The Guidance likewise takes an expansive view of the term “materially adverse action” in its Guidance. According to the Guidance, the term includes any action that “might well deter a reasonable employee from complaining about discrimination” as being materially adverse. The action need not be materially adverse standing alone, the Guidance states, so long as “the employer’s conduct, considered as a whole, would deter protected activity,” even if the employer’s conduct did not in the case at hand. The Guidance lists several examples of materially adverse actions. These examples include adverse employment actions in the traditional sense, such as the denial of promotion, the refusal to hire, demotion, and suspension. They also include actions that have not traditionally been defined as materially adverse, such as disparaging the person to others or the media, filing a civil action, threatening reassignment, or non-work-related conduct, which persuade employees not to engage in protected activity. The Guidance notes on this front that it disagrees with lower courts that have applied Northern & Santa Fe Railway Co. v. White and found some of these actions as being less than materially adverse.

C. Causal Connection

Further, the Guidance expands its view of what constitutes a causal connection between protected activity and a materially adverse action. Citing the Supreme Court’s decision in University of Texas Southwest Medical Center v. Nassar, the Guidance notes that there can be multiple “but-for” causes for a materially adverse action, and that the causal standard is met in a retaliation case against private or state employers so long as retaliation was one of the “but-for” causes for the action. Similarly, the Guidance takes a forgiving view of the burden of proving causation in retaliation suits against the federal government under Title VII or the ADEA. The Guidance reminds employers too that, consistent with several lower court opinions, employees can prove causation by cobbling together pieces of circumstantial evidence to create a “convincing mosaic” of retaliatory intent. See, e.g., Ortiz v. Werner Enters., Inc., No. 15-2574, 2016 WL 4411434, at *3–4 (7th Cir. Aug. 19, 2016).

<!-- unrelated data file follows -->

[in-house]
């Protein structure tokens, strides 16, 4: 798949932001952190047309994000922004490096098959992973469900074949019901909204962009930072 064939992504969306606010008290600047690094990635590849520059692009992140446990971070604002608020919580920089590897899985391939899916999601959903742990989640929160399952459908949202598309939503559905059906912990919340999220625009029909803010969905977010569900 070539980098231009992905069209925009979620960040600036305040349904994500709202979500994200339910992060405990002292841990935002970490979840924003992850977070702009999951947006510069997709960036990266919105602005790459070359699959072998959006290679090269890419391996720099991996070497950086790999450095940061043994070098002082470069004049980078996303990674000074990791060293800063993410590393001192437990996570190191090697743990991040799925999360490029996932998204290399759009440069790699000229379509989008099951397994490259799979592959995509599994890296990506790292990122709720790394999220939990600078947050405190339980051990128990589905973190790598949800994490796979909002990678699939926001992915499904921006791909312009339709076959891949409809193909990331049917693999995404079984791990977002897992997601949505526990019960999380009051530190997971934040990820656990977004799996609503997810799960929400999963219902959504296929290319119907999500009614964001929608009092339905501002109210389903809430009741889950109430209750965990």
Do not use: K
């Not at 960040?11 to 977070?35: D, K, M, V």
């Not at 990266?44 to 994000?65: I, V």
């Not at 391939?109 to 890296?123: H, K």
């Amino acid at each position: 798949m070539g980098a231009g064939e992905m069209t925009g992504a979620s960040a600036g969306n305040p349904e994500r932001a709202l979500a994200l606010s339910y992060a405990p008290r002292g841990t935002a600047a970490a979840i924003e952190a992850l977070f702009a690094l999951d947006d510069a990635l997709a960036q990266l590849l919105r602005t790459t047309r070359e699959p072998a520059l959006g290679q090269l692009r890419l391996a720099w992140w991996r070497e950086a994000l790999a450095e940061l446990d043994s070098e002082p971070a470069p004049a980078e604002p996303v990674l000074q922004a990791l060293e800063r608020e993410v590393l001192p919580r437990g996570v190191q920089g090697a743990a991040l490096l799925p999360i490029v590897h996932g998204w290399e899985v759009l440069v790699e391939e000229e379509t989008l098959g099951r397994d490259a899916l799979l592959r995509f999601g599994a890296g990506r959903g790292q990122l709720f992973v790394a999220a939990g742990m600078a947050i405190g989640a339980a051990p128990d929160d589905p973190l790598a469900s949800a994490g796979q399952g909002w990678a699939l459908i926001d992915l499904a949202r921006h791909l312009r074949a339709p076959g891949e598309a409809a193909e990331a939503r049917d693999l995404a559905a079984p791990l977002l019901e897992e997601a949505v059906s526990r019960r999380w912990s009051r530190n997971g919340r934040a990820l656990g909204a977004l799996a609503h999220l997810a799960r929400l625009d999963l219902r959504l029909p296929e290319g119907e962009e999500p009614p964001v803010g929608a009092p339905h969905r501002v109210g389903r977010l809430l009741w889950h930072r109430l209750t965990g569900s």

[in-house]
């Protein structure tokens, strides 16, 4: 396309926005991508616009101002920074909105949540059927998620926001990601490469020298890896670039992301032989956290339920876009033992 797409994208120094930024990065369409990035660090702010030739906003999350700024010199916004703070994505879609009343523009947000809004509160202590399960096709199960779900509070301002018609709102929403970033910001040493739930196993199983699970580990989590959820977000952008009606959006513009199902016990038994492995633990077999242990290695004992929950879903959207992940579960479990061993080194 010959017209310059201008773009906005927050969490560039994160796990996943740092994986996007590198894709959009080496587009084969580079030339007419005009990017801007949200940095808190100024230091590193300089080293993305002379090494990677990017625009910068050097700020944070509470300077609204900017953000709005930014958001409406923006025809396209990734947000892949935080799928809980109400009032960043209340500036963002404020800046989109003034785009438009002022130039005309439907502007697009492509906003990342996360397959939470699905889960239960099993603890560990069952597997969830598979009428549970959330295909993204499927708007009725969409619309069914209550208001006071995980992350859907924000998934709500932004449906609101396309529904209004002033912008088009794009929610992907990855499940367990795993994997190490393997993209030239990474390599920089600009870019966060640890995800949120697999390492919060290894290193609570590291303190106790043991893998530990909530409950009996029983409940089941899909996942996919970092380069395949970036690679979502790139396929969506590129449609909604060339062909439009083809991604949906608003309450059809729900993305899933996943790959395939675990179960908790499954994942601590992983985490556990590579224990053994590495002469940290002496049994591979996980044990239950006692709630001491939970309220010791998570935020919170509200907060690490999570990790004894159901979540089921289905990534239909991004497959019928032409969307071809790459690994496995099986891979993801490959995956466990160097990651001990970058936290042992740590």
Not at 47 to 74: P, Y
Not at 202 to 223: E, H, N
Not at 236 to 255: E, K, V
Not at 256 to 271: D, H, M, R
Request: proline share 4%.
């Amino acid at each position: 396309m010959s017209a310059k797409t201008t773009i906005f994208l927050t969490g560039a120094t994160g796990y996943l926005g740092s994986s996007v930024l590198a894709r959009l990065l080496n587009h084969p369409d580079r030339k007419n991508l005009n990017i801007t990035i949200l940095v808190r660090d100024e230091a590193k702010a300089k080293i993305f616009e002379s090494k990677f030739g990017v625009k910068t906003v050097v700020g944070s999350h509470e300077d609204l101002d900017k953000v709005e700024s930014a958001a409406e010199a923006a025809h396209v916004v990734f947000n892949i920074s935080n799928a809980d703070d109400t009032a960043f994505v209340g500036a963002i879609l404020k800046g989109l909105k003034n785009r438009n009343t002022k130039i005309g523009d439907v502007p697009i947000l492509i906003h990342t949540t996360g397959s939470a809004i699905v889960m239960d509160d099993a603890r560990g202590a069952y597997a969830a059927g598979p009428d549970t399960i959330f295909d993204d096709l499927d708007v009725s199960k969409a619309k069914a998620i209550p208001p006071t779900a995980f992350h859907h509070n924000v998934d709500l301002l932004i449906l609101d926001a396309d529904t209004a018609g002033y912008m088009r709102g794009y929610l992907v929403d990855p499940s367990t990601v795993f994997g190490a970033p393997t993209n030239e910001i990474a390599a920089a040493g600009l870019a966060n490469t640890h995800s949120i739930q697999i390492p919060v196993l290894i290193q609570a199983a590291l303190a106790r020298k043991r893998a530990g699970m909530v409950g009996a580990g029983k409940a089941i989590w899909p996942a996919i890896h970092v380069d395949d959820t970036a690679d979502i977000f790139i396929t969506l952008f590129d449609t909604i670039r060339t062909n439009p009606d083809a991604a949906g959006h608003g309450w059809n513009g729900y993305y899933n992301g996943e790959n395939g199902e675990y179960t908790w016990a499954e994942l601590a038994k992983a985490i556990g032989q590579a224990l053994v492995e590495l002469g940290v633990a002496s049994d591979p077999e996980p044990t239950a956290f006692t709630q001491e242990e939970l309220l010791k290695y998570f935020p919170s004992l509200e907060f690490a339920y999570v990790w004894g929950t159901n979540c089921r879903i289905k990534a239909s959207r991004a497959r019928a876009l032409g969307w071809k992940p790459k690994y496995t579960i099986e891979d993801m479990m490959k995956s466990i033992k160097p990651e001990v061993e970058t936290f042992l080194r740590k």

II. Promising Practices

The Guidance is not all bad news for employers. It provides a list of promising practices you are, hopefully, already following: 

  1. Have a Written Anti-Retaliation Policy. The policy should be complete with examples of retaliation, guidance for interactions between managers and complainants, instructions on how to report concerns, and disciplinary language making clear that retaliation will result in discipline up to and including termination.
  2. Train employees and managers concerning your anti-retaliation policy and make sure they understand both the policy and the legal prohibition against retaliation for protected EEO activity.
  3. Proactive Follow-Up. Check in with employees, managers, and witnesses during the investigation of a complaint to inquire about concerns or needed guidance. Don’t wait for problems or misconceptions to fester. Being proactive will help support your managers and show the employee that your company takes its commitment to anti-retaliation seriously.
  4. HR Compliance Review. Human resource personnel should review consequential employment actions to ensure that they do not run afoul of the anti-retaliation policy and are consistent with legitimate, non-discriminatory reasoning.


Ben concentrates his practice in the area of labor and employment law, counseling employers and litigating cases under various state and federal employment laws.